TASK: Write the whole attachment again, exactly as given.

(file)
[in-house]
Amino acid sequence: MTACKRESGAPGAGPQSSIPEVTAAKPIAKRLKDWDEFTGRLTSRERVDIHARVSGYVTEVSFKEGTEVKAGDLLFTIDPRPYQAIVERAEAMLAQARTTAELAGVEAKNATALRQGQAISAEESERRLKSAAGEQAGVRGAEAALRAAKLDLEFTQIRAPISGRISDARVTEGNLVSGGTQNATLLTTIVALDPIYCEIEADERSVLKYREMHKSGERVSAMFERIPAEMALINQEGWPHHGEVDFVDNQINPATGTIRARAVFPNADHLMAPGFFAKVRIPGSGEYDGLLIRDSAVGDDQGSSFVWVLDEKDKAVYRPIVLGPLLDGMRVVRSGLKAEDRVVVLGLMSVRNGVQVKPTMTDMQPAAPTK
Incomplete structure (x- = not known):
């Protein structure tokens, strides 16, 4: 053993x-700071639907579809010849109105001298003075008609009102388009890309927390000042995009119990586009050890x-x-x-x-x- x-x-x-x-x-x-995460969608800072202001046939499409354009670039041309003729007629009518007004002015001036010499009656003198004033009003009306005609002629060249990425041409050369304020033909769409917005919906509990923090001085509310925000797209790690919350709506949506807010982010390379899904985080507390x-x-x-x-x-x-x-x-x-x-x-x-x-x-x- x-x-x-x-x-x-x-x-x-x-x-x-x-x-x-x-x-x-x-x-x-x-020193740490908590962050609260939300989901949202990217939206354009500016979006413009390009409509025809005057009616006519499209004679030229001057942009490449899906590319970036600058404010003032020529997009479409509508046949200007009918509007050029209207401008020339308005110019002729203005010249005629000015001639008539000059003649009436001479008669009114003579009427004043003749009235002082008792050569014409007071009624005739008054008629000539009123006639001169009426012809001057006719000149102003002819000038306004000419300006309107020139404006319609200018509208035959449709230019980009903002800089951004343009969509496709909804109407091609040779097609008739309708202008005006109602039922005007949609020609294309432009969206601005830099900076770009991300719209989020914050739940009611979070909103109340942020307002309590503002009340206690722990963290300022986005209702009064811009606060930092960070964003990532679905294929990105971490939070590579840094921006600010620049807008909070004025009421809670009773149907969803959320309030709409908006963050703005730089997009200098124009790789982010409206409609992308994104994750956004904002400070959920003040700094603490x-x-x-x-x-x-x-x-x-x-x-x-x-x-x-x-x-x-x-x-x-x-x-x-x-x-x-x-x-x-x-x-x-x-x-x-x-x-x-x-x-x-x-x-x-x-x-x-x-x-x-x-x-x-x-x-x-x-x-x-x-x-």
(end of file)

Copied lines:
[in-house]
Amino acid sequence: MTACKRESGAPGAGPQSSIPEVTAAKPIAKRLKDWDEFTGRLTSRERVDIHARVSGYVTEVSFKEGTEVKAGDLLFTIDPRPYQAIVERAEAMLAQARTTAELAGVEAKNATALRQGQAISAEESERRLKSAAGEQAGVRGAEAALRAAKLDLEFTQIRAPISGRISDARVTEGNLVSGGTQNATLLTTIVALDPIYCEIEADERSVLKYREMHKSGERVSAMFERIPAEMALINQEGWPHHGEVDFVDNQINPATGTIRARAVFPNADHLMAPGFFAKVRIPGSGEYDGLLIRDSAVGDDQGSSFVWVLDEKDKAVYRPIVLGPLLDGMRVVRSGLKAEDRVVVLGLMSVRNGVQVKPTMTDMQPAAPTK
Incomplete structure (x- = not known):
């Protein structure tokens, strides 16, 4: 053993x-700071639907579809010849109105001298003075008609009102388009890309927390000042995009119990586009050890x-x-x-x-x- x-x-x-x-x-x-995460969608800072202001046939499409354009670039041309003729007629009518007004002015001036010499009656003198004033009003009306005609002629060249990425041409050369304020033909769409917005919906509990923090001085509310925000797209790690919350709506949506807010982010390379899904985080507390x-x-x-x-x-x-x-x-x-x-x-x-x-x-x- x-x-x-x-x-x-x-x-x-x-x-x-x-x-x-x-x-x-x-x-x-x-020193740490908590962050609260939300989901949202990217939206354009500016979006413009390009409509025809005057009616006519499209004679030229001057942009490449899906590319970036600058404010003032020529997009479409509508046949200007009918509007050029209207401008020339308005110019002729203005010249005629000015001639008539000059003649009436001479008669009114003579009427004043003749009235002082008792050569014409007071009624005739008054008629000539009123006639001169009426012809001057006719000149102003002819000038306004000419300006309107020139404006319609200018509208035959449709230019980009903002800089951004343009969509496709909804109407091609040779097609008739309708202008005006109602039922005007949609020609294309432009969206601005830099900076770009991300719209989020914050739940009611979070909103109340942020307002309590503002009340206690722990963290300022986005209702009064811009606060930092960070964003990532679905294929990105971490939070590579840094921006600010620049807008909070004025009421809670009773149907969803959320309030709409908006963050703005730089997009200098124009790789982010409206409609992308994104994750956004904002400070959920003040700094603490x-x-x-x-x-x-x-x-x-x-x-x-x-x-x-x-x-x-x-x-x-x-x-x-x-x-x-x-x-x-x-x-x-x-x-x-x-x-x-x-x-x-x-x-x-x-x-x-x-x-x-x-x-x-x-x-x-x-x-x-x-x-």